European and Japanese scientists have figured out how to "reset" human pluripotent stem cells, turning back the clock on cells so that they revert to their original state at the height of their development potential.
Researchers have found a molecular process that prompts blood stem cells to self-renew while retaining their stem cell-like properties, a discovery that could allow scientists to regrow enough cells in a lab for transplantation.
Following controversy over irreproducible results in a paper that detailed an easy way to create embryonic-like stem cells by shocking adult cells with an acid bath, the Japanese RIKEN Center for Developmental Biology said it is scaling down its stem cell research.
Mesenchymal stem cells may eventually be able to grow and strengthen muscles in humans, according to researchers at the University of Illinois. In mice, an injection of such stem cells helped rejuvenate skeletal muscle after exercise.
Investigators at the University of Wisconsin-Madison have figured out a way to genetically program stem cells into both red and white cells that make up human blood.
Researchers have figured out a way to identify stem cells in tissue from deceased human donors and use them to regrow anatomically correct, fully functional human corneas in mice.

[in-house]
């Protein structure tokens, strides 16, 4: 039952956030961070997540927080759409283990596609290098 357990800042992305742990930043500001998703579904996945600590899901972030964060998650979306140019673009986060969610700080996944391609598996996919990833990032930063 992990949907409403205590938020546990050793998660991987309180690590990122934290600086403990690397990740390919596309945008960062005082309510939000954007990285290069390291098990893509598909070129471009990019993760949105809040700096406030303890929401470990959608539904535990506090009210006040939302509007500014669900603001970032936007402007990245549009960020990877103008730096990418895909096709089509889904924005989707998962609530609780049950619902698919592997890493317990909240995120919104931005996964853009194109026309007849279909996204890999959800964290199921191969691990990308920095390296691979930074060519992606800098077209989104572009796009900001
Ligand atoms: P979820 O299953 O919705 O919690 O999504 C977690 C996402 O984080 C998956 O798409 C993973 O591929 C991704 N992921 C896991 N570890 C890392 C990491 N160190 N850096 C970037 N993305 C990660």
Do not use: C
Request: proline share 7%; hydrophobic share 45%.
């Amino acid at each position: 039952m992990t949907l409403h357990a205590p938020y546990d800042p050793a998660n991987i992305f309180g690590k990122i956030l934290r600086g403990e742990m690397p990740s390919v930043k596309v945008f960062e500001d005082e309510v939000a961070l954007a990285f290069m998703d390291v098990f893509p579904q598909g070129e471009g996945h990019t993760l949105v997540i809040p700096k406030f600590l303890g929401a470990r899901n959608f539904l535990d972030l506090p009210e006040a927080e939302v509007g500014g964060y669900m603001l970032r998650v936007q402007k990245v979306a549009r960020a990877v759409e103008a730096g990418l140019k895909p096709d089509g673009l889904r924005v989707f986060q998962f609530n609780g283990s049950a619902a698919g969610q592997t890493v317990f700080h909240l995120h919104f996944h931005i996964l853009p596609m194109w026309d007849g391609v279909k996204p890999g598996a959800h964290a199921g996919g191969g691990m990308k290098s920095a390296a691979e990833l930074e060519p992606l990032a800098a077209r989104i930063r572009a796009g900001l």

A chemical switch that controls the transformation of neural stem cells into neurons and keeps existing nerve cells in the brain alive may be a viable target for neurodegenerative disorders such as Alzheimer's, Parkinson's and autism.
Researchers from ImStem Biotechnology, University of Connecticut Health Center and Advanced Cell Technology have successfully treated mice with multiple sclerosis using human embryonic stem cells derived from mesenchymal stem cells, known as hES-MSCs.
Scientists at the University of Missouri have successfully transplanted and grown stem cells in pigs, pointing the way to a similar method that could eventually be used in people.
Researchers from Italy's San Raffaele Telethon Institute for Gene Therapy and Sangamo BioSciences have used a gene editing technique to correct a genetic defect in stem cells from an individual with X-linked severe combined immunodeficiency.